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We are Brockton citizen residents and volunteers who honor the legacy of Frederick Douglass in our neighborhood through community engagement and the arts.

 

In May of 2004, a street in downtown Brockton, Massachusetts was renamed for Frederick Douglass, an orator, statesman, and abolitionist who had once been a slave. Some call him America's first civil rights activist.

Not far away was the location of the stables of Edward E. Bennett. During the years around the Civil War, the stables were one stop of the Underground Railroad. At this location stood a sycamore tree which was the symbol of liberty for the slaves who hid in this building. It was also a place where great human rights activists such as Mr. Douglass, William Lloyd Garrison, Wendell Phillips, Lucretia Mott and Amelia Bloomer addressed the issues of the day. In 2004 the tree had to be cut down due to damage from a storm. A slice of that tree is on display at the Brockton Public Library. A clone of the tree was planted at the Brockton Historical Society Museum.

 

In 2014, the 10th anniversary of the renaming of Frederick Douglass Avenue, our neighborhood association was born.  

 

Our mission in 2014 was to bring attention to the 10th anniversary by enhancing the community garden and hosting community events to bring neighbors together in celebration and unity.  Our year was a great success, and you can enjoy those events on our 2014 in Review page.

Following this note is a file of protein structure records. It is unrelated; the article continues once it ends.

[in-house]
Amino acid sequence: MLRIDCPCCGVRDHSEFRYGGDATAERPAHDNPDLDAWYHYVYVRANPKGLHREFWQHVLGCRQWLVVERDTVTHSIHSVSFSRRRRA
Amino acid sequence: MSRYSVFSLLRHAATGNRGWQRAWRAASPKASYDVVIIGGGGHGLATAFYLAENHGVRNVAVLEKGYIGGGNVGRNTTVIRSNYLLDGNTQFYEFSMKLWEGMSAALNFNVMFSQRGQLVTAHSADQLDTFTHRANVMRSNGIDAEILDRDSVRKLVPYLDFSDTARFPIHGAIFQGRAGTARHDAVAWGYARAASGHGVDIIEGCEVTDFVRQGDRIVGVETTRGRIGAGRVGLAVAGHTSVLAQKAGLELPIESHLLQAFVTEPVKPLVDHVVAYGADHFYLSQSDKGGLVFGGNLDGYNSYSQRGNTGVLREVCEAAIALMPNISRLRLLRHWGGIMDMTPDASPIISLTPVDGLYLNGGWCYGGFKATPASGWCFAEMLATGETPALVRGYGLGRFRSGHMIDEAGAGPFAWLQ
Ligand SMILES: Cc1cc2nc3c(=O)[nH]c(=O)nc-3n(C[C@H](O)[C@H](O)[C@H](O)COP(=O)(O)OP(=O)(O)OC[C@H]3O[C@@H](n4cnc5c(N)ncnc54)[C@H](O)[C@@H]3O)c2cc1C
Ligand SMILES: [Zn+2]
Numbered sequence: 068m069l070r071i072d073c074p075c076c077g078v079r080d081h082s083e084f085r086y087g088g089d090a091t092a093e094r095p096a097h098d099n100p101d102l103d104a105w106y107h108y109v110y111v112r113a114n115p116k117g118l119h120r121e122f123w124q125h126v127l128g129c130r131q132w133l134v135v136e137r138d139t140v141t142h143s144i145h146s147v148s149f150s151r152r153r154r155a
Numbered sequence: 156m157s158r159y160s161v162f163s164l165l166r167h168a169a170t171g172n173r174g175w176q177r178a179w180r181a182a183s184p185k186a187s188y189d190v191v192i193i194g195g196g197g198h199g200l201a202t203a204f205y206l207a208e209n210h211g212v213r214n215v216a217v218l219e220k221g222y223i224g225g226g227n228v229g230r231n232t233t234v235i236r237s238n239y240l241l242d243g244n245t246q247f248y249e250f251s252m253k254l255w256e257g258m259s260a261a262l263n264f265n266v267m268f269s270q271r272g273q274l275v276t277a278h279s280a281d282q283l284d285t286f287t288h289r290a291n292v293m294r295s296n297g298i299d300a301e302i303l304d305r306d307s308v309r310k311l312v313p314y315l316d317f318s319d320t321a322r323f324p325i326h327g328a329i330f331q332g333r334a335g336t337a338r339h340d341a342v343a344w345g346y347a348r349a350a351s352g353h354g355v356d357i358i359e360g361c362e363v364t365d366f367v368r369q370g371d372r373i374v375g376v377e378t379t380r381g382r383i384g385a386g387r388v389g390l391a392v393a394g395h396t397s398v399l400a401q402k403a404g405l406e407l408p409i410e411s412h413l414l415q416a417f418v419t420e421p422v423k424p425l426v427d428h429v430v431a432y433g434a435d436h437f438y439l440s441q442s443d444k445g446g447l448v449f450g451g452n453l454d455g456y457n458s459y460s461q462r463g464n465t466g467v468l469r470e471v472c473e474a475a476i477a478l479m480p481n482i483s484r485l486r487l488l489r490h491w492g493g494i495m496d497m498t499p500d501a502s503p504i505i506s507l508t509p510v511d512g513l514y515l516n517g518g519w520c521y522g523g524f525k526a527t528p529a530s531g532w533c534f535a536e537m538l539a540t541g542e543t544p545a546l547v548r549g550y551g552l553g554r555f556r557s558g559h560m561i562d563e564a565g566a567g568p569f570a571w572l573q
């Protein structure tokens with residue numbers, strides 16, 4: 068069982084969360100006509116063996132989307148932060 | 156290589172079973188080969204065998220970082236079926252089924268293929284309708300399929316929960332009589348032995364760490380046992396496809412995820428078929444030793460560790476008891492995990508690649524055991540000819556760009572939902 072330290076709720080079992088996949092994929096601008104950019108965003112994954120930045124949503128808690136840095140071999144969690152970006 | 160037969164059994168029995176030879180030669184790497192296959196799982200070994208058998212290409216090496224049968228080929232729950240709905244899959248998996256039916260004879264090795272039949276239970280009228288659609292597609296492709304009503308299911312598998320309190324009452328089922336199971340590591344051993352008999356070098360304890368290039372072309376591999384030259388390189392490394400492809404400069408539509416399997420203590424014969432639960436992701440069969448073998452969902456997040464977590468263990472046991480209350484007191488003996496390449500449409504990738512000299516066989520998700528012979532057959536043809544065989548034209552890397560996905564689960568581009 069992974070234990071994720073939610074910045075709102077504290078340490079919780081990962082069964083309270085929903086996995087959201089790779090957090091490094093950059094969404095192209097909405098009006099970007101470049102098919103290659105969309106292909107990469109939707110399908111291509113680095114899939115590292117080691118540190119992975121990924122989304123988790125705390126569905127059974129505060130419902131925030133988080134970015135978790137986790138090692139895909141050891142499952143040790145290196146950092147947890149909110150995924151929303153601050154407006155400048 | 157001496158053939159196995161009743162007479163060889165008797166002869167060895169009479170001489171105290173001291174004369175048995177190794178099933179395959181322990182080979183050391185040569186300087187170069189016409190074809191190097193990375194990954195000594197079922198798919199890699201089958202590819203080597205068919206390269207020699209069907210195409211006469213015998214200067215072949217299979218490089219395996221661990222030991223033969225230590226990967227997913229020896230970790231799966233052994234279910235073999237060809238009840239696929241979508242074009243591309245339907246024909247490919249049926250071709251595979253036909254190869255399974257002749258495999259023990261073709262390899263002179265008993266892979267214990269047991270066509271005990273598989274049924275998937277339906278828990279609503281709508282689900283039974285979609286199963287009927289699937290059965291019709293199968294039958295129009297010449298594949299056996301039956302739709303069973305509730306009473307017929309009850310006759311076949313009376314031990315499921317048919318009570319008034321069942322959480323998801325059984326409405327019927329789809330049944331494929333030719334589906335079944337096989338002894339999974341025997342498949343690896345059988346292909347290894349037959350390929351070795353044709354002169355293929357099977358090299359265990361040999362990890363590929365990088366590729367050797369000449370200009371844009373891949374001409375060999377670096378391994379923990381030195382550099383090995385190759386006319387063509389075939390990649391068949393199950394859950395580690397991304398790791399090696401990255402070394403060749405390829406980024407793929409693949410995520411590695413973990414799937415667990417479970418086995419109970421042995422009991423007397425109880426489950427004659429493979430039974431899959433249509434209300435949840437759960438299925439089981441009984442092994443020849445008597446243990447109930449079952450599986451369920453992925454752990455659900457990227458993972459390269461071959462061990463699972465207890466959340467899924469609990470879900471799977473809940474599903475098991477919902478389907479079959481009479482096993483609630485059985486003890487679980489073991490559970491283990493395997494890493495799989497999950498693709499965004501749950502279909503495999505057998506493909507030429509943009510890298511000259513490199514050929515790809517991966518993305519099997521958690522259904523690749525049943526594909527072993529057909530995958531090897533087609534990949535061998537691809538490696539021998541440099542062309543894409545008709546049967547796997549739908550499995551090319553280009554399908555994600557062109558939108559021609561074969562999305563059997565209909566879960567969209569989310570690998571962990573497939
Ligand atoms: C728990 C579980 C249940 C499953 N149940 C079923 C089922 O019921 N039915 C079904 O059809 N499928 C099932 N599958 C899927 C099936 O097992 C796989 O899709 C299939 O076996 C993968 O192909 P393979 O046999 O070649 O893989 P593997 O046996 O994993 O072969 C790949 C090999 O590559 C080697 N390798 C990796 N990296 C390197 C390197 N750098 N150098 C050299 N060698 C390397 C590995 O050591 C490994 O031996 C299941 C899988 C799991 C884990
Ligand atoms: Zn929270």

We are committed to organizing our neighborhood, effecting meaningful change, and honoring the legacy of Mr. Douglass and his connections to the ethnic diversity of Brockton today:  he worked with Cape Verdean shipbuilders, served as Minister to Haiti, stood with Daniel O'Connell as Ireland fought for independence, supported Susan B. Anthony and women suffragettes , fought for equal pay for black soldiers during the Civil War, and is our inspiration as our country's first civil rights activist as our city and country struggle with modern issues of fairness, equality, and racial harmony.

 

As Mr. Douglass once said, “If there is no struggle, there is no progress”.

 

If you live, work, worship or play in our neighborhood, come join us!

 

Click here to learn about our "Stride Toward Freedom" project completed in  2015.

 

"In conclusion, my dear young friends, be not discouraged. Accept the inspiration of hope. Imitate the example of the brave mariner, who, amid clouds and darkness, amid hail, rain and storm bolts, battles his way against all that the sea opposes to his progress. You will then reach the goal of your noble ambition in safety."

                                                                                         — Frederick Douglass, Blessings of Liberty and Education, Manassas, Va., 1894

 

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